Keywords and keyword volume are important if you’re looking to rank your business at the top – or towards the top of google search results organically. Keywords are what drive most SEO practices on the internet.
Therefore, keyword research is one of the most important and traffic defining practices you can undertake to find search terms within your industry. Here, we’re going to take you through what Keyword research actually is, with a focus on keyword research for the Florida area.
We’ll look at the main types of searches, keyword volume, and how to target them to gain more visits from local visitors in Florida.
First of all, here’s a quick takeaway answer on what is keyword research, then we’ll dive into more details about SEO in general and relate that to SEO in the Florida area, along with how to find search terms that are relevant for your Florida customers – and your desired traffic.
What is Keyword Research?
Keyword research concerns the words that are typed into all search engines such as Google, Bing, and DuckDuckGo. These searched terms provide results on the search engine page.
The list of results that come back after conducting a search appears on what is called the SERP – Search Engine Results Pages.
Keyword research is analysis …and skill, to find suitable search terms (keywords) that will allow you to dominate the SERP listings, and obtain top positions – or as near the top as possible in the Search Engine results page.
According to Hubspot, Google processes approximately 70,000 search queries every second, translating to 5.8 billion searches per day and approximately 2 trillion global searches per year.
Stands to reason then, that ranking high on Google for the right search terms can result in increased business. So let’s dive a bit deeper into search results.
What affects search results
Articles and other web pages appearing in the search results compete not only with each other but with a number of other factors.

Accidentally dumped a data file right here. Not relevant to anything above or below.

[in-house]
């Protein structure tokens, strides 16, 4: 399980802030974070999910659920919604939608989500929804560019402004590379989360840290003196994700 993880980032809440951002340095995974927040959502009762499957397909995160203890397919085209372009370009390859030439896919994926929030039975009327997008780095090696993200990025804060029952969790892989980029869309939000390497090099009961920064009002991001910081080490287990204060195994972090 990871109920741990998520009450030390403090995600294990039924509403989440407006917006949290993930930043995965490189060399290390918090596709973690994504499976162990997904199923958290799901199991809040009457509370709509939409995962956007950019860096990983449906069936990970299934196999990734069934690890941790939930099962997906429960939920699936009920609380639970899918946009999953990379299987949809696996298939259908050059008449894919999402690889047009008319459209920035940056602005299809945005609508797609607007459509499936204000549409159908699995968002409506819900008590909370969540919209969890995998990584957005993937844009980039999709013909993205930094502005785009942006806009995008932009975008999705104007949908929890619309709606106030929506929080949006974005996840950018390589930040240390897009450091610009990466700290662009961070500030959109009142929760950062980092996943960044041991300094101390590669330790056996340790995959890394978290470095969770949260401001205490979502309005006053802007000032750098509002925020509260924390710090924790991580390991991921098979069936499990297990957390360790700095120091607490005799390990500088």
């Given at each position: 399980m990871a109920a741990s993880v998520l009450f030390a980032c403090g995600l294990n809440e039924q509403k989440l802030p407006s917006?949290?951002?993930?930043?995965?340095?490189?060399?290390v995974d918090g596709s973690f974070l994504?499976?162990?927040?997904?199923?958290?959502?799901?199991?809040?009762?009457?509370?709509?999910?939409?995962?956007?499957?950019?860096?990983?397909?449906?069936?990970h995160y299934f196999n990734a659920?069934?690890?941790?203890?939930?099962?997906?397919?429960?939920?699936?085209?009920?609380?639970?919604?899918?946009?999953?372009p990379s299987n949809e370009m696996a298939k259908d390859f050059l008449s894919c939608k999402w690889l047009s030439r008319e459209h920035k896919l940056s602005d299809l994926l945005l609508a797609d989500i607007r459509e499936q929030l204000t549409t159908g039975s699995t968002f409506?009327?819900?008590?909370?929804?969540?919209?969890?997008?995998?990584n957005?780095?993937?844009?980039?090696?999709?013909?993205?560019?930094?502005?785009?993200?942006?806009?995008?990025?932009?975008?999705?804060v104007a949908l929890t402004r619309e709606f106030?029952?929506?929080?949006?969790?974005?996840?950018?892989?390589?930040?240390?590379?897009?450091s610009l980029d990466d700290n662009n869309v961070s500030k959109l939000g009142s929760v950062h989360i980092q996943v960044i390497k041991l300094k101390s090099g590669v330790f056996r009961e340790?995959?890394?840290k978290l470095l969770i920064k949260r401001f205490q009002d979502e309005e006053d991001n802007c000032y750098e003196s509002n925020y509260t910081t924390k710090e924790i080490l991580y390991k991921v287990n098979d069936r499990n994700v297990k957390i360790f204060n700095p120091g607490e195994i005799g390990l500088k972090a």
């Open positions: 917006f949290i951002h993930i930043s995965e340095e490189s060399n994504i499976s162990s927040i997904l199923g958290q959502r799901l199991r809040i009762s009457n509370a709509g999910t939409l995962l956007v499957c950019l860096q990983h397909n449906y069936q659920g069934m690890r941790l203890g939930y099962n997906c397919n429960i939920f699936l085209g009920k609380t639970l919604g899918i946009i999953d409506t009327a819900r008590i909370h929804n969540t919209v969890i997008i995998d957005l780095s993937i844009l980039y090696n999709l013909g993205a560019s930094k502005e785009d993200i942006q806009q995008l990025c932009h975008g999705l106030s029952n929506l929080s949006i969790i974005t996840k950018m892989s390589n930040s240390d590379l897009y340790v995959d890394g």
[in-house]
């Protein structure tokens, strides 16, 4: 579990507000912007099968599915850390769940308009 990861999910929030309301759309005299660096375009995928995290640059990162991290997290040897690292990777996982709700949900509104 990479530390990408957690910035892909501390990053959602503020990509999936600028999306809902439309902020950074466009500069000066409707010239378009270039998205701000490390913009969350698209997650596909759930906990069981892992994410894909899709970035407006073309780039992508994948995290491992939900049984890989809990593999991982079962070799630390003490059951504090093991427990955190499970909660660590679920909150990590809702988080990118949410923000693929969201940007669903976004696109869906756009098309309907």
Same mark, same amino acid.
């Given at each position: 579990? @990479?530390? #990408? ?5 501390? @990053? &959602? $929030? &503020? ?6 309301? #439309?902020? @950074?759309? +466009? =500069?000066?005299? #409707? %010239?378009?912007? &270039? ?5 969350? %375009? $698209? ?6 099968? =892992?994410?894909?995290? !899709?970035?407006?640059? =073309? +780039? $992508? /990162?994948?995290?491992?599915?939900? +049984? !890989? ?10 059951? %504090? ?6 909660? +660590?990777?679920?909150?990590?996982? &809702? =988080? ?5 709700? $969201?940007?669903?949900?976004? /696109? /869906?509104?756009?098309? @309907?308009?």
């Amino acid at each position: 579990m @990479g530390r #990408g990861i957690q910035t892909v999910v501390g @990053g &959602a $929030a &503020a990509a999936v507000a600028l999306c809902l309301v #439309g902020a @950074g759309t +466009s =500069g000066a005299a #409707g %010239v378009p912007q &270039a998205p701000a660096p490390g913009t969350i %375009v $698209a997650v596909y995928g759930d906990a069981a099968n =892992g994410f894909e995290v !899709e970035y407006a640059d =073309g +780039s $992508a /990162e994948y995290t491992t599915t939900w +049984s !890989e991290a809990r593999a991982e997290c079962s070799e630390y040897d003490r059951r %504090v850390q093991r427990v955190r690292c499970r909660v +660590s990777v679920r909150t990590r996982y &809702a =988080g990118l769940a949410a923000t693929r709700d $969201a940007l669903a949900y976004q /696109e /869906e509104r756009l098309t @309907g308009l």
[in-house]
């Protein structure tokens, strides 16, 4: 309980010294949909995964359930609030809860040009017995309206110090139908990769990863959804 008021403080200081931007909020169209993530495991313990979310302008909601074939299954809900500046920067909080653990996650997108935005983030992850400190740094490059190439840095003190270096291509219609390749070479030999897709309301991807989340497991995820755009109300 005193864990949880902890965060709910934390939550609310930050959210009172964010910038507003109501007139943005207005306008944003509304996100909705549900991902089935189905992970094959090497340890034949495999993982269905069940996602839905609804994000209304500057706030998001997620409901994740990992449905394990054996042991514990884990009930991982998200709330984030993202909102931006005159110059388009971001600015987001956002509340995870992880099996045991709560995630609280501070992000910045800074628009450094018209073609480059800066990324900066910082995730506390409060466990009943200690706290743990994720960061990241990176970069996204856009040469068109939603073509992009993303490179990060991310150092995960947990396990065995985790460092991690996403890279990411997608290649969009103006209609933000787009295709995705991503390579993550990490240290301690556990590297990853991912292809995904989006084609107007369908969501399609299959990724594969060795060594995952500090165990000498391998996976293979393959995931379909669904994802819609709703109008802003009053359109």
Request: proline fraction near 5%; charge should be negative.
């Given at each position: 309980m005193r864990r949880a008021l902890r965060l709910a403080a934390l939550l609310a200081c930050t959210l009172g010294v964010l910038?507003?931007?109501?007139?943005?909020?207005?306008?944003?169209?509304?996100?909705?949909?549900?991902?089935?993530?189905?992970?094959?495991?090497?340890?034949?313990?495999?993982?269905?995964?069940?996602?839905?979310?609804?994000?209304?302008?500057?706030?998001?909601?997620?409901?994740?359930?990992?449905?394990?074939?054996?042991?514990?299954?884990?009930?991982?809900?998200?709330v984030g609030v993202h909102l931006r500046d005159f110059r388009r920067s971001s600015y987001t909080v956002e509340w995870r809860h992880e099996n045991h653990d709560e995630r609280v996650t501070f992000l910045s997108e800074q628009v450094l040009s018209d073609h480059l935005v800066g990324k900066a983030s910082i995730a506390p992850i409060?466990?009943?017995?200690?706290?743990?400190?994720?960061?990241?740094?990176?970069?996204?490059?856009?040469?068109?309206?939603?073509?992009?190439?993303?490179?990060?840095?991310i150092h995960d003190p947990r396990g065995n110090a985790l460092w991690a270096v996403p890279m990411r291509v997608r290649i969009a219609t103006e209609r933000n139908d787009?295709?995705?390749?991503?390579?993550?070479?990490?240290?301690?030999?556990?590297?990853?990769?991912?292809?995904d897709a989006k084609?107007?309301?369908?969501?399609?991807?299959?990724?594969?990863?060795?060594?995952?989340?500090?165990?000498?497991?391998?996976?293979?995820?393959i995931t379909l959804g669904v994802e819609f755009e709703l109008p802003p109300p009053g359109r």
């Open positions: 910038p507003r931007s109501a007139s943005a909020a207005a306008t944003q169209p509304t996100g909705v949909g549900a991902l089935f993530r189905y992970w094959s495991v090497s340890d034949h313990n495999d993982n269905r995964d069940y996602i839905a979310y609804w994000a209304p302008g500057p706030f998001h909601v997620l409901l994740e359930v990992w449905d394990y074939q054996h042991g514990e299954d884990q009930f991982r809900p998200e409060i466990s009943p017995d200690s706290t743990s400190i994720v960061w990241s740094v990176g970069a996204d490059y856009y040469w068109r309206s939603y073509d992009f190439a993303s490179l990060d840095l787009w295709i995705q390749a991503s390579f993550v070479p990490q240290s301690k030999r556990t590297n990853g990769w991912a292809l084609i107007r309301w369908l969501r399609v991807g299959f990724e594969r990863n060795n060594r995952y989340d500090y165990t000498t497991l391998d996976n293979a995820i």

Firstly, at the top are usually the paid ads, you may have embarked on an Ads campaign yourself if you’re looking for local work.
These are also Google Adwords (or Google Ads) search results where people have bid money to appear at the top. This is largely considered a quicker route, but of course – it costs money to get there and can be expensive!
Appearing more these days are YouTube results. Google owns YouTube, so they’re keen to ensure relevant YouTube results are more visible to those searching. These often appear at the top
When it comes to targeting search results, you ideally need to find search terms that produce less of these competing factors.
Before doing keyword research
The process starts much further back than the point at which a user types in any words into a search engine like Google.
As a business, either global or local, for any seller of products and services, there’s more initial targeting involved – especially if we’re going to hone in on one area like Florida.
As part of an SEO function for any business owner in Florida, the practice of targeting the right “keywords” to gain traffic and customers, this is referred to as “keyword research” or sometimes “keyword analysis”.
The ultimate aim is to develop an SEO plan that’s designed to target and attract the kind of traffic that will likely purchase products or services from your business. Effectively, drawing people into your “store” where they can begin to understand what you do, and where you can start to build rapport with them.
If you’re helpful to your customers and they like what they read and/or see, then they’ll also be exposed to your products and services and be more inclined to purchase – it’s a win-win!.
“Effectively, drawing people into your “store” where they can begin to understand what you do, and where you can start to build rapport with them.”
A key part of keyword analysis is understanding your audience and what they’re trying to search for. For this, it often helps to reflect on how you yourself have performed searches in the past, what information or service were you trying to look for?